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ACC: Rosuvastatin Helps Prevent Venous Thromboembolism

Last Updated: March 30, 2009.

 

Large-scale study shows that statin treatment independently reduces the risk by 43 percent

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Rosuvastatin significantly reduces the risk of symptomatic venous thromboembolism, according to a study published online March 29 in the New England Journal of Medicine to coincide with the American College of Cardiology's 58th Annual Scientific Session in Orlando, Fla. Another study published online March 29 in The Lancet found that reduction of high-sensitivity C-reactive protein and low-density lipoprotein cholesterol is a key component of rosuvastatin's efficacy.

MONDAY, March 30 (HealthDay News) -- Rosuvastatin significantly reduces the risk of symptomatic venous thromboembolism, according to a study published online March 29 in the New England Journal of Medicine to coincide with the American College of Cardiology's 58th Annual Scientific Session in Orlando, Fla. Another study published online March 29 in The Lancet found that reduction of high-sensitivity C-reactive protein (hsCRP) and low-density lipoprotein (LDL) cholesterol is a key component of rosuvastatin's efficacy.

In the first study, Robert J. Glynn, of Brigham and Women's Hospital in Boston, and colleagues randomly assigned 17,802 subjects with LDL cholesterol levels of less than 130 mg/dL and hsCRP levels of 2.0 mg/L or higher to receive 20 mg per day of rosuvastatin or placebo. After a median follow-up of 1.9 years, they found that only 34 of the rosuvastatin group developed symptomatic venous thromboembolism compared to 60 of the placebo group (hazard ratio 0.57). Rosuvastatin was associated with lower rates of unprovoked and provoked venous thromboembolism, pulmonary embolism and deep-vein thrombosis only, the researchers report.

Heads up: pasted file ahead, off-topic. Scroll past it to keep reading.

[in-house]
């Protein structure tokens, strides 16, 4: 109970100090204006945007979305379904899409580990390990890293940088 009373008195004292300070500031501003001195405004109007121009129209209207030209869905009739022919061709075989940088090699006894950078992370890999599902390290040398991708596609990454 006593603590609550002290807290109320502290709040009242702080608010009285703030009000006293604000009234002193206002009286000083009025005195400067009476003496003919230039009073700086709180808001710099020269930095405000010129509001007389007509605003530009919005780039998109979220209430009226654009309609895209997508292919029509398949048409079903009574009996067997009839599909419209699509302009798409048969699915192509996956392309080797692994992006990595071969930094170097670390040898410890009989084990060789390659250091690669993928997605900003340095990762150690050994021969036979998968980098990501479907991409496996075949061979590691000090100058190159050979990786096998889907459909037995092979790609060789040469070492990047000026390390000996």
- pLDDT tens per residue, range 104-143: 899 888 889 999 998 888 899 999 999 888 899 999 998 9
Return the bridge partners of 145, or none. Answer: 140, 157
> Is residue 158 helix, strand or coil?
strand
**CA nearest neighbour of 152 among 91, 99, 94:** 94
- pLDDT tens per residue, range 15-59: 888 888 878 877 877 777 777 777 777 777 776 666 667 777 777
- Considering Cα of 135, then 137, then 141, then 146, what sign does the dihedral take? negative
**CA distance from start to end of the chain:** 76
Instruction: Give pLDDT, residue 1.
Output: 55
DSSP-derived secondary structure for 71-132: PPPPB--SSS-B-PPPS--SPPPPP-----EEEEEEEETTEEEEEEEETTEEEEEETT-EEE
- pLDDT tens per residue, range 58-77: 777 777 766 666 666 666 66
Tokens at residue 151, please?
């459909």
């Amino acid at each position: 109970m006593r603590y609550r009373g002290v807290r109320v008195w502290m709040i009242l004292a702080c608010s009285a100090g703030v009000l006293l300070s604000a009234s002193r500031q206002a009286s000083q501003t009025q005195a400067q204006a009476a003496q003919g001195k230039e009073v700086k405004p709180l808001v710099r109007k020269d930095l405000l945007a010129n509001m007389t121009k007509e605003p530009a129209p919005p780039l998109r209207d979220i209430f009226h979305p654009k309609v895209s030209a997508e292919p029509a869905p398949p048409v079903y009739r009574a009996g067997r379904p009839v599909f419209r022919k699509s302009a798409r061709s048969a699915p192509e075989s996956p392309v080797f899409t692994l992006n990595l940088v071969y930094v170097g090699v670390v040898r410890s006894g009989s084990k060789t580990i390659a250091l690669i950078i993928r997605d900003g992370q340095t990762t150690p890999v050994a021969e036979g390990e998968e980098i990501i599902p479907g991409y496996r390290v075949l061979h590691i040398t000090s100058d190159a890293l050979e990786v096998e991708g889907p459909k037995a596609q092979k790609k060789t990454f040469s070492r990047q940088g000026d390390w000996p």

In the second study, Paul M. Ridker, M.D., of Brigham and Women's Hospital in Boston, and colleagues followed-up 15,548 initially healthy patients from the JUPITER trial. They found that compared with placebo, patients on rosuvastatin who achieved LDL cholesterol less than 1.8 mmol/L had a 55 percent reduction in vascular events. Those who achieved hsCRP less than 2 mg/L had a 62 percent reduction. Patients who achieved both LDL less than 1.8 mmol/L and hsCRP less than 2 mg/L had a 65 percent reduction in vascular events, whereas those who achieved only one or neither target had a 33 percent reduction, the authors write.

"This [symptomatic venous thromboembolism] risk reduction appears to be an independent benefit of statin use, beyond the reduction in the risk of arterial thrombosis," Glynn and colleagues conclude. "Widening the goal of treatment to include the prevention of venous thromboembolism and death, in addition to arterial thrombosis, increases the estimated benefit of statin use."

The first study was supported by AstraZeneca; several authors of both studies have disclosed financial relationships with AstraZeneca and other pharmaceutical companies.

Abstract - Glynn
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Abstract - Ridker
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